Prehistoric eras are defined by tradition across immense stretches of time. In the historic era, the determining factor is each time a freeing from tradition, a difference of opinion, the free thinking which makes history. The more the reversing of opinions accelerates, the more the world hastens its course, chronicle is transformed into journal, and in the end the telegraph ascertains what the opinions of men have become in just a few hours.

(posthumous fragment 1876 19 [89]; 352)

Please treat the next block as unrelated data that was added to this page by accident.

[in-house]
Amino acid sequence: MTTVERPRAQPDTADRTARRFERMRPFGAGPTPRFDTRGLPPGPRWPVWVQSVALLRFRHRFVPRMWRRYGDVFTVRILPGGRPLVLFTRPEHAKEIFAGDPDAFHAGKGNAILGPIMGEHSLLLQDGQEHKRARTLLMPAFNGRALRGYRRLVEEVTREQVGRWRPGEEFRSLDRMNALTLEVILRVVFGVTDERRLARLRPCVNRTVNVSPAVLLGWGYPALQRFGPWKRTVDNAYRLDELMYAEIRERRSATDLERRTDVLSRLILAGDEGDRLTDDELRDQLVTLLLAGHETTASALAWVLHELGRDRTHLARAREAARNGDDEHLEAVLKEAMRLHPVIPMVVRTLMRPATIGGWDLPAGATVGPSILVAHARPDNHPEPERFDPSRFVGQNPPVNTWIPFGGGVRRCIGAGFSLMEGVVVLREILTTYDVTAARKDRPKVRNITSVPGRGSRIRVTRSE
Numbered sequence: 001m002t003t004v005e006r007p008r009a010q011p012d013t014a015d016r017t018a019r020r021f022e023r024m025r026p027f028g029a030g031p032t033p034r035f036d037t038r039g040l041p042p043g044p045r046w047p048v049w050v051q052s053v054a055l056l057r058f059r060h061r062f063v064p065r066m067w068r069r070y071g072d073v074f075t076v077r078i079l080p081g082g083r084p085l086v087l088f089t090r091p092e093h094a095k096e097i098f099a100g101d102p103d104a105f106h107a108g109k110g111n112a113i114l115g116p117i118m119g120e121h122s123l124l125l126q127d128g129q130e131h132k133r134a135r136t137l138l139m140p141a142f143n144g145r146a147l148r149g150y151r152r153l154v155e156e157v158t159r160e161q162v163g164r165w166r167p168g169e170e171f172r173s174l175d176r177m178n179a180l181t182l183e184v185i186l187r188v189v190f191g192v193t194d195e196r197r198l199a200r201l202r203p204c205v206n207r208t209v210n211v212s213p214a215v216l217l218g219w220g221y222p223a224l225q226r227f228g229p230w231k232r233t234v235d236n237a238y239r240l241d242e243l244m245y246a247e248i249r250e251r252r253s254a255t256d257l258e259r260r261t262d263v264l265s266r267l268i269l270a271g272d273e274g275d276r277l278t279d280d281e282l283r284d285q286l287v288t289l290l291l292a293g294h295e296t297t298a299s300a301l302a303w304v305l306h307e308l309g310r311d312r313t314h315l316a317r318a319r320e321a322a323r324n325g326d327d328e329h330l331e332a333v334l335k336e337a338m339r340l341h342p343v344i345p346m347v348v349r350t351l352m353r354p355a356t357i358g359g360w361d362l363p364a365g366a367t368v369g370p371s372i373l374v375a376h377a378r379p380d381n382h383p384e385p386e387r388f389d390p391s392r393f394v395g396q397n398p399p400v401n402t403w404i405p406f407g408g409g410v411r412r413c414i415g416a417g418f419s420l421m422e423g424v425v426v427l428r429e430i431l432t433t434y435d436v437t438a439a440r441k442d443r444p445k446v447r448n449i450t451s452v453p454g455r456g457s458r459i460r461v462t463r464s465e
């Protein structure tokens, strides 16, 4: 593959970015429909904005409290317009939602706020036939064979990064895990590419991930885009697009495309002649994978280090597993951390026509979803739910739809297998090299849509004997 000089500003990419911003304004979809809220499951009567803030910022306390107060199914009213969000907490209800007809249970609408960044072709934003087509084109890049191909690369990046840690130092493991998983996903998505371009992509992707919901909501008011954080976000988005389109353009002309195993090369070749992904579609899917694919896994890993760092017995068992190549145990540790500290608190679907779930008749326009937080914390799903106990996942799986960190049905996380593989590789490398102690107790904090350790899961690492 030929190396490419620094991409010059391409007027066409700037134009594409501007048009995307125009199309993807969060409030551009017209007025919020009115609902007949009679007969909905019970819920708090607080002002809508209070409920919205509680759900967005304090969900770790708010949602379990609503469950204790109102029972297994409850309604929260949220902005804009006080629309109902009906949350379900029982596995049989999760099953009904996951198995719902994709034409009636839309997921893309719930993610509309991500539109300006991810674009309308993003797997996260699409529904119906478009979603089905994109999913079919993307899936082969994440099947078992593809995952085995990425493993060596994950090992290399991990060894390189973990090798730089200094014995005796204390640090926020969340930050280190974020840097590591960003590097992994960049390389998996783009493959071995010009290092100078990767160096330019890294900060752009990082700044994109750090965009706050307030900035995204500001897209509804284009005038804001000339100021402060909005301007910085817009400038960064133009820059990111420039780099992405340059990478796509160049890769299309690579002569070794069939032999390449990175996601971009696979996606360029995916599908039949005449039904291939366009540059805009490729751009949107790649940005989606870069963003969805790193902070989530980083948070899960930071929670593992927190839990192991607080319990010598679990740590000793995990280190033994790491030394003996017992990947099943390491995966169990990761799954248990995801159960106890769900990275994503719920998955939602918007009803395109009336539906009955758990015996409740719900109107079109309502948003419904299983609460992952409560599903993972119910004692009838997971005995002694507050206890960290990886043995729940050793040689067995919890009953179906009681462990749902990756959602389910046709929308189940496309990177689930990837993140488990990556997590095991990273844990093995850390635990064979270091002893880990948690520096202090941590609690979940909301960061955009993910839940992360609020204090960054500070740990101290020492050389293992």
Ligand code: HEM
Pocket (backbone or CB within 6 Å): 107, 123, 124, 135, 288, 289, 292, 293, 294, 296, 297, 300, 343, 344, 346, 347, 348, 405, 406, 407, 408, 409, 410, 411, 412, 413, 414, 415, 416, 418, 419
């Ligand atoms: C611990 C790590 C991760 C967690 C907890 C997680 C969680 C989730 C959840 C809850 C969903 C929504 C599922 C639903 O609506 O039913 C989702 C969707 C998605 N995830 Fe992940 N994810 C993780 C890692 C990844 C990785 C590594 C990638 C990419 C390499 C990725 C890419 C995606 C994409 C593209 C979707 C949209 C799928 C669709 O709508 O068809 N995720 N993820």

If the thinking of the Return has to raise in a completely new way the question of the always, it's because the old ways of constituting eternity are in the process of being destroyed by the acceleration of events, which for the first time make manifest the reality of absolute flux. The era of nihilism is the era when Dionysus (the divine name of absolute flux according to Nietzsche) comes onto the scene of history, appearing in person before men: "I foresee something terrible. Chaos is very close. All is flux" (posthumous fragment 1882-83 4 [80]; 137).5 All souls help at the same time the acceleration of flux, beginning with that of their own internal flux, and the intensification of their contradictions. A soul at the end of the nineteenth century is exposed in an unpredictable way, not only to the chaotic contradictions of history—it's at this time that, as we know, history is constituted as a discipline—but also to the chaotic contradictions that rend the world at the same time, pure form of logical contradiction according to Aristotle's definition. The telegraph and the printing press force the world of the "machinal age" to concentrate on itself an enormous number of different and contradictory interests: "centralization of an enormous number of different interests in a single soul." The growth of this internal chaos forces the soul to be far stronger than the souls of the historical era, because it forces the soul to remain itself ("centralization in a single soul") while at the same time transforming itself a great deal more and a great deal faster: by incorporating into itself a larger and larger mass of flux [End Page 127] and its contradictions. We will show further on how the thinking of the eternal return attempts to respond to this test, or how the hammer of the Return attempts to respond to the hammering of the telegraph. But we can see from this point on that this putting to the test is the unpredictable work of the media, which forces the era of nihilism to invent a new relationship to constancy and eternity.